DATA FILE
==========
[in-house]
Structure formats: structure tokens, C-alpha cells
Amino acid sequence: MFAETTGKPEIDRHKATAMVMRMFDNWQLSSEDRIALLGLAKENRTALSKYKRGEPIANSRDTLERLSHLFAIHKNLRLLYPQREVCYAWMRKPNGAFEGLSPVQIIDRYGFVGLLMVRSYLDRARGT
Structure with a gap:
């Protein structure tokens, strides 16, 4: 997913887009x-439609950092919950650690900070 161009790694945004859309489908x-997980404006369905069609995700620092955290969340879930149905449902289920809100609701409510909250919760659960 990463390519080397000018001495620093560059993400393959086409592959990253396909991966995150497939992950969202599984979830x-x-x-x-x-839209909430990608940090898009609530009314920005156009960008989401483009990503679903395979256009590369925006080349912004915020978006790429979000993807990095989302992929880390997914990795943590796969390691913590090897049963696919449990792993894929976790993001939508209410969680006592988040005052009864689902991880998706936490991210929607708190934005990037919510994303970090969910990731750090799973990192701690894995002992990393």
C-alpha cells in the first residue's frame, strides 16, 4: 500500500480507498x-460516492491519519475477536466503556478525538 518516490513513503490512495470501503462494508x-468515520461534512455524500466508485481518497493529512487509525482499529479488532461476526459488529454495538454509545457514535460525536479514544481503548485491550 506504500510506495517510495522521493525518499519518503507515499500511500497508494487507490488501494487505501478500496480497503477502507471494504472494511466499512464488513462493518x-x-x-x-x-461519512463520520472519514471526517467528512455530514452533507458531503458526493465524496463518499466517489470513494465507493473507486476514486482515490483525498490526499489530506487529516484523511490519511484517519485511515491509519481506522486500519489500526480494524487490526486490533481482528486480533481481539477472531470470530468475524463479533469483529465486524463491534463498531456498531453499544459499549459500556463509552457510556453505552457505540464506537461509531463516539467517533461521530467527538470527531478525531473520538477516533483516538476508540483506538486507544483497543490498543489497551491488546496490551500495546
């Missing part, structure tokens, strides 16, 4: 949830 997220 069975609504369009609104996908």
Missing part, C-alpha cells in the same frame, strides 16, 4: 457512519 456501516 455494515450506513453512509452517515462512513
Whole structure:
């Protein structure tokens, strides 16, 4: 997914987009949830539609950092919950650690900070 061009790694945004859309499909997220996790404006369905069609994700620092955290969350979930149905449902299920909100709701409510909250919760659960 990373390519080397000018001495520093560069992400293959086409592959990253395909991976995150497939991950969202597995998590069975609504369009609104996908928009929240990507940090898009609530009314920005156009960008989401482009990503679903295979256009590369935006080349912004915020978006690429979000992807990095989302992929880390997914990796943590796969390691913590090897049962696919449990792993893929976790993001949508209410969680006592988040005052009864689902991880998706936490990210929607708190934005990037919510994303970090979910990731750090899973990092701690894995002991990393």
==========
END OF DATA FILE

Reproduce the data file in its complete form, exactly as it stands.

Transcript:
[in-house]
Structure formats: structure tokens, C-alpha cells
Amino acid sequence: MFAETTGKPEIDRHKATAMVMRMFDNWQLSSEDRIALLGLAKENRTALSKYKRGEPIANSRDTLERLSHLFAIHKNLRLLYPQREVCYAWMRKPNGAFEGLSPVQIIDRYGFVGLLMVRSYLDRARGT
Structure with a gap:
């Protein structure tokens, strides 16, 4: 997913887009x-439609950092919950650690900070 161009790694945004859309489908x-997980404006369905069609995700620092955290969340879930149905449902289920809100609701409510909250919760659960 990463390519080397000018001495620093560059993400393959086409592959990253396909991966995150497939992950969202599984979830x-x-x-x-x-839209909430990608940090898009609530009314920005156009960008989401483009990503679903395979256009590369925006080349912004915020978006790429979000993807990095989302992929880390997914990795943590796969390691913590090897049963696919449990792993894929976790993001939508209410969680006592988040005052009864689902991880998706936490991210929607708190934005990037919510994303970090969910990731750090799973990192701690894995002992990393």
C-alpha cells in the first residue's frame, strides 16, 4: 500500500480507498x-460516492491519519475477536466503556478525538 518516490513513503490512495470501503462494508x-468515520461534512455524500466508485481518497493529512487509525482499529479488532461476526459488529454495538454509545457514535460525536479514544481503548485491550 506504500510506495517510495522521493525518499519518503507515499500511500497508494487507490488501494487505501478500496480497503477502507471494504472494511466499512464488513462493518x-x-x-x-x-461519512463520520472519514471526517467528512455530514452533507458531503458526493465524496463518499466517489470513494465507493473507486476514486482515490483525498490526499489530506487529516484523511490519511484517519485511515491509519481506522486500519489500526480494524487490526486490533481482528486480533481481539477472531470470530468475524463479533469483529465486524463491534463498531456498531453499544459499549459500556463509552457510556453505552457505540464506537461509531463516539467517533461521530467527538470527531478525531473520538477516533483516538476508540483506538486507544483497543490498543489497551491488546496490551500495546
């Missing part, structure tokens, strides 16, 4: 949830 997220 069975609504369009609104996908």
Missing part, C-alpha cells in the same frame, strides 16, 4: 457512519 456501516 455494515450506513453512509452517515462512513
Whole structure:
């Protein structure tokens, strides 16, 4: 997914987009949830539609950092919950650690900070 061009790694945004859309499909997220996790404006369905069609994700620092955290969350979930149905449902299920909100709701409510909250919760659960 990373390519080397000018001495520093560069992400293959086409592959990253395909991976995150497939991950969202597995998590069975609504369009609104996908928009929240990507940090898009609530009314920005156009960008989401482009990503679903295979256009590369935006080349912004915020978006690429979000992807990095989302992929880390997914990796943590796969390691913590090897049962696919449990792993893929976790993001949508209410969680006592988040005052009864689902991880998706936490990210929607708190934005990037919510994303970090979910990731750090899973990092701690894995002991990393």